Several major US cities have been likened to war zones as another night of outrage over the death of George Floyd left buildings torched, stores looted and police cars smouldering.
Curfews failed to quell violence that replaced peaceful daytime demonstrations over the African-American’s death which has prompted global protests in solidarity with the Black Lives Matter movement.
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Mr Floyd’s grieving family members urged protesters to remain peaceful but said they understood why the anger was boiling over into violence amid concerns the police officers involved in the incident would never be convicted.
On Monday morning (Australian time), President Donald Trump further blamed his opponents on the Left for the violence as he urged state leaders to call in the national guard.
“These people are ANARCHISTS,” Mr Trump wrote on Twitter.
About 70 US cities are bracing for further street violence on Sunday night (US time).
Most of the protesters marching and chanting have been peaceful, but there have been outbreaks of violence – at the hands of both citizens and police.
Police and demonstrators have at times also targeted journalists, including Australian media, for unknown reasons despite them legally reporting on the events – with footage posted on social media showing reporters and camera crews handcuffed on the ground.
A television reporter in Columbia was hurt by a thrown rock and a journalist in Minneapolis was shot in the thigh by a rubber bullet from police.
Demonstrators also broke windows and vandalised the Atlanta office building where CNN is headquartered.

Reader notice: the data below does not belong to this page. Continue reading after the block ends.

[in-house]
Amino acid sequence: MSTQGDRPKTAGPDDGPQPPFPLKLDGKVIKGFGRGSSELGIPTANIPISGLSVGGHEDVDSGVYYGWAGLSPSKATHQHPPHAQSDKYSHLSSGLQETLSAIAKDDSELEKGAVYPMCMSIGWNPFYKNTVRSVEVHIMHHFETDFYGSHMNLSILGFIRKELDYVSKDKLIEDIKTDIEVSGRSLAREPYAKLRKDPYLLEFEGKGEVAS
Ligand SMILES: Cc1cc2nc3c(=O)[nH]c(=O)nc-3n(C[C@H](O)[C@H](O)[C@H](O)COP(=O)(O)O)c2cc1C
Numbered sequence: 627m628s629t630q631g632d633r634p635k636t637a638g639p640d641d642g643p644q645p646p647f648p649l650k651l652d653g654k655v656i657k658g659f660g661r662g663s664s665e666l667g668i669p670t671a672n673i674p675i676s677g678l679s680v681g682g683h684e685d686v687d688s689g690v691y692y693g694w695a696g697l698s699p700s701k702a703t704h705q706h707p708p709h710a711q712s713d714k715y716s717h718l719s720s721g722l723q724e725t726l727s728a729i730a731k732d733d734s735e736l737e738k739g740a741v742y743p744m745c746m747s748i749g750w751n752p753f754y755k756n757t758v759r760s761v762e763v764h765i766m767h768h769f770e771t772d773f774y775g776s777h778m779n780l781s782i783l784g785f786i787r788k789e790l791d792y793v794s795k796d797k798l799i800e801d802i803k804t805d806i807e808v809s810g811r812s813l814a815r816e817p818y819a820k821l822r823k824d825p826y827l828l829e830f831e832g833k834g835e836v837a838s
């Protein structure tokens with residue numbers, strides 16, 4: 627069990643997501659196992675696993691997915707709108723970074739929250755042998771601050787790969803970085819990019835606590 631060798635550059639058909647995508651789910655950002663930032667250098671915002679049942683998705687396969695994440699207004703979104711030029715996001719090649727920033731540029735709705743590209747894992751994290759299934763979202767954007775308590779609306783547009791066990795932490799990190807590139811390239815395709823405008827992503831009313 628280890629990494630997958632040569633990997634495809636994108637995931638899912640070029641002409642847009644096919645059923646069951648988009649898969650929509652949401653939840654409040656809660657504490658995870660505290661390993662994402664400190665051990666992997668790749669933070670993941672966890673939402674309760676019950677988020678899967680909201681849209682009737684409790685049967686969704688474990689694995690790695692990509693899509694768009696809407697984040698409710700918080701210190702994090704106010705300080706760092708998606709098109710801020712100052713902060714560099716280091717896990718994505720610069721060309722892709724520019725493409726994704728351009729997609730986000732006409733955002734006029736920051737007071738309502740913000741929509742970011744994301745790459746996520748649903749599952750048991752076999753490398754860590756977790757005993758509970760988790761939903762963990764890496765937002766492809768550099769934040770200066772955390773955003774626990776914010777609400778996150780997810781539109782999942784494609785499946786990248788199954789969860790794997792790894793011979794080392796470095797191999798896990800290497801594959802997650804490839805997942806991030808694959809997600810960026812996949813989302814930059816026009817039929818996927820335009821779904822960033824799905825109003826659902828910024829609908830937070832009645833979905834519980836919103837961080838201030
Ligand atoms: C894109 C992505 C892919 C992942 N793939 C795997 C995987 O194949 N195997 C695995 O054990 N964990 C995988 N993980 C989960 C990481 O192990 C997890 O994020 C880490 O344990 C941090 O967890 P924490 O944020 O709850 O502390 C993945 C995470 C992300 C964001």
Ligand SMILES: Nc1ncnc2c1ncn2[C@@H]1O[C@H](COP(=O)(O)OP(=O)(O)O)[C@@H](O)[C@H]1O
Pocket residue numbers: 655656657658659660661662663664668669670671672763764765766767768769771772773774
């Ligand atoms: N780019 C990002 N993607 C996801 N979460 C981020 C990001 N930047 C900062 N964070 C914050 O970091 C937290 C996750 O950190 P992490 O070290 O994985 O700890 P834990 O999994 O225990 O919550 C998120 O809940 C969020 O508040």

Police in Louisville, Kentucky, were forced to apologise after an officer fired what appeared to be pepper bullets at a television news crew.
Meanwhile, footage of two police cars driving through a crowd of protestors in Brooklyn has gone viral on social media since the incident on Saturday. Demonstrators can be seen pelting the car with debris.
Celebrities speak up
As protests spread, many celebrities have spoken out against police brutality and racism.
“We need justice for George Floyd. We all witnessed his murder in broad daylight. We’re broken and we’re disgusted. We cannot normalise this pain,” Beyoncé said in a video.
Oprah Winfrey told her Zoom audience “it’s not enough to just say ‘It’s so terrible.’ We can’t tolerate hate crimes perpetrated by authorities in this country.”
“We need to speak up and say ‘That will not happen on my watch.’ We’re going to do the work that it takes to dismantle in our own way,” she continued.
Others took to Instagram to show their support to protestors.
Protests go global
In Berlin, thousands of protesters gathered outside the US embassy next to the iconic Brandenberg Gate to protest Floyd’s death.
Attendees held up signs that read “Black Lives Matter,” “Let US Live”, “Justice for George Floyd” and “I Can’t Breathe.”
Hundreds of protesters took to the streets in Peckham, south London, on Saturday to protest Floyd’s death, at one point stopping all traffic on the main road.
A number of events are planned in the coming week in London, although none originate directly from the official Black Lives Matter UK group, which has said it is still “discussing the implications of calling a mass march in the middle of a pandemic that is killing us the most.”
A number of social media posts have begun circulating, indicating a mass protest planned in Trafalgar Square on Sunday afternoon (UK time), where attendees are being called upon to take a “Knee for Floyd.”